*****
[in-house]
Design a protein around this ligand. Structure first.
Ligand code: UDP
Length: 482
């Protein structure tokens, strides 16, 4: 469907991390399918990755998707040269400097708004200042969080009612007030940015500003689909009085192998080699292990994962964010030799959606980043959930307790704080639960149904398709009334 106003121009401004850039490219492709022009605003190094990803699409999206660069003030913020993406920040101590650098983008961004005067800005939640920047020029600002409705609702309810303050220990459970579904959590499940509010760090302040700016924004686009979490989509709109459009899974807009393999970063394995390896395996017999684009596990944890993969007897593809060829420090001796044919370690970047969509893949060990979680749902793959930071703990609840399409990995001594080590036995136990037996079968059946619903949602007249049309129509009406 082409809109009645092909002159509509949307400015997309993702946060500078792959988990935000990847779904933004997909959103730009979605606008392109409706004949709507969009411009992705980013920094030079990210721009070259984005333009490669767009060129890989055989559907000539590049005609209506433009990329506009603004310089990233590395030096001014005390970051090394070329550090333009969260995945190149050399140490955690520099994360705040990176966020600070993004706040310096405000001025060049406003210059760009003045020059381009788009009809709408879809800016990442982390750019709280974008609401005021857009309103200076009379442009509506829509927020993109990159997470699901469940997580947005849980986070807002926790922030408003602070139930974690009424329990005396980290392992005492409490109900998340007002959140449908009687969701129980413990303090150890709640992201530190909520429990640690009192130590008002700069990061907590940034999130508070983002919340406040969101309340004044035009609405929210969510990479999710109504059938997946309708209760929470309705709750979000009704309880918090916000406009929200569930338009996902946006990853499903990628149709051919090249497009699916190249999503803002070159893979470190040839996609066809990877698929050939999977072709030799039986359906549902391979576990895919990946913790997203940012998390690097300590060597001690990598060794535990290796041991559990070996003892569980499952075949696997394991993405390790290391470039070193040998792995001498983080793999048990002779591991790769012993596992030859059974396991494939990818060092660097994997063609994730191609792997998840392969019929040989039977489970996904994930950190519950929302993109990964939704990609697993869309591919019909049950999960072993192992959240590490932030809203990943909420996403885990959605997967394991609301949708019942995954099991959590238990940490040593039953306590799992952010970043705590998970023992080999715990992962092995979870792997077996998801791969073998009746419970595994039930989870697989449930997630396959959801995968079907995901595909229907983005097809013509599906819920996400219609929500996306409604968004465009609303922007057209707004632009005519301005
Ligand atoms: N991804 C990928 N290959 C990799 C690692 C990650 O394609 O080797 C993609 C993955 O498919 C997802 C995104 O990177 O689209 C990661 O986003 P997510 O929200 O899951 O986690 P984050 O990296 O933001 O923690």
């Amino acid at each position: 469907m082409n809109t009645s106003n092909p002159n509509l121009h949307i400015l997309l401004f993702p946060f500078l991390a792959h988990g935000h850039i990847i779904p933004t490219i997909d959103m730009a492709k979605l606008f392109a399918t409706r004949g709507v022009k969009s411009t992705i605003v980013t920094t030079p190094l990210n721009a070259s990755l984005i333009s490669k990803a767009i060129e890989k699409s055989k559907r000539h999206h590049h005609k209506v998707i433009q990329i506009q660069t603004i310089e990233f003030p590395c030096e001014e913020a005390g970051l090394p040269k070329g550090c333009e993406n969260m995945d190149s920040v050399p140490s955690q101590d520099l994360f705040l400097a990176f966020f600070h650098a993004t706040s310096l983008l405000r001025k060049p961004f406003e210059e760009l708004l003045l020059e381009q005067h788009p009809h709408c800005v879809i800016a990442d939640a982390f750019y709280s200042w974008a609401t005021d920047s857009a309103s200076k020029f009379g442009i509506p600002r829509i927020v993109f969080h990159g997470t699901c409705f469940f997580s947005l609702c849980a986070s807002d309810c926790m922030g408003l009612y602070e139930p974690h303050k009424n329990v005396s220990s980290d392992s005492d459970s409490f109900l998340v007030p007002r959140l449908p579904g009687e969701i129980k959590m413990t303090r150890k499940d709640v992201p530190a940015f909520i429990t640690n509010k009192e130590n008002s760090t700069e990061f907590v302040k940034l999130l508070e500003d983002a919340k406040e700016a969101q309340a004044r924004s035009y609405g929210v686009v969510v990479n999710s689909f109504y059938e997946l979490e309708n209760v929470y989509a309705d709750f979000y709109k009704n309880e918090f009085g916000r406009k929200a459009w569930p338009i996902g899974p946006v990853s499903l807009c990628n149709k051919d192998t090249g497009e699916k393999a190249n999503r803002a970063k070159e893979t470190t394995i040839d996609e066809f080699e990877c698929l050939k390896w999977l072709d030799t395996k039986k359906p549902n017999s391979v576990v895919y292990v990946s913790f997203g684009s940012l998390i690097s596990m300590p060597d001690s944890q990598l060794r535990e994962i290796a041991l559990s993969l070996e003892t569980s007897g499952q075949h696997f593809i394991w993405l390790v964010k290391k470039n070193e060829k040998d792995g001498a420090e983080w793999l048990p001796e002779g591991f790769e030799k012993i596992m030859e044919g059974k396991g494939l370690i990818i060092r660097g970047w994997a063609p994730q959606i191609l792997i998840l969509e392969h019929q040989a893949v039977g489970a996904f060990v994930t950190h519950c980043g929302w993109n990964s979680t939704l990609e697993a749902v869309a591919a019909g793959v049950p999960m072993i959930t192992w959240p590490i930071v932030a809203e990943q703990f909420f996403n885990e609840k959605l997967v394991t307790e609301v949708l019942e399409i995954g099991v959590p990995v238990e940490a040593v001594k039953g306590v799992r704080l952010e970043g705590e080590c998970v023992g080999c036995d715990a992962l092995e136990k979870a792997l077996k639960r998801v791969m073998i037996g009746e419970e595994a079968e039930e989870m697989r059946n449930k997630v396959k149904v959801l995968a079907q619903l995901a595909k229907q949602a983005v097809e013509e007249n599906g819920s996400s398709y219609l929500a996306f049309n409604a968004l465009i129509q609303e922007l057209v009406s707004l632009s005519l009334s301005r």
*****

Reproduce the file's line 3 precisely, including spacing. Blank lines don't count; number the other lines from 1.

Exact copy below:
Ligand code: UDP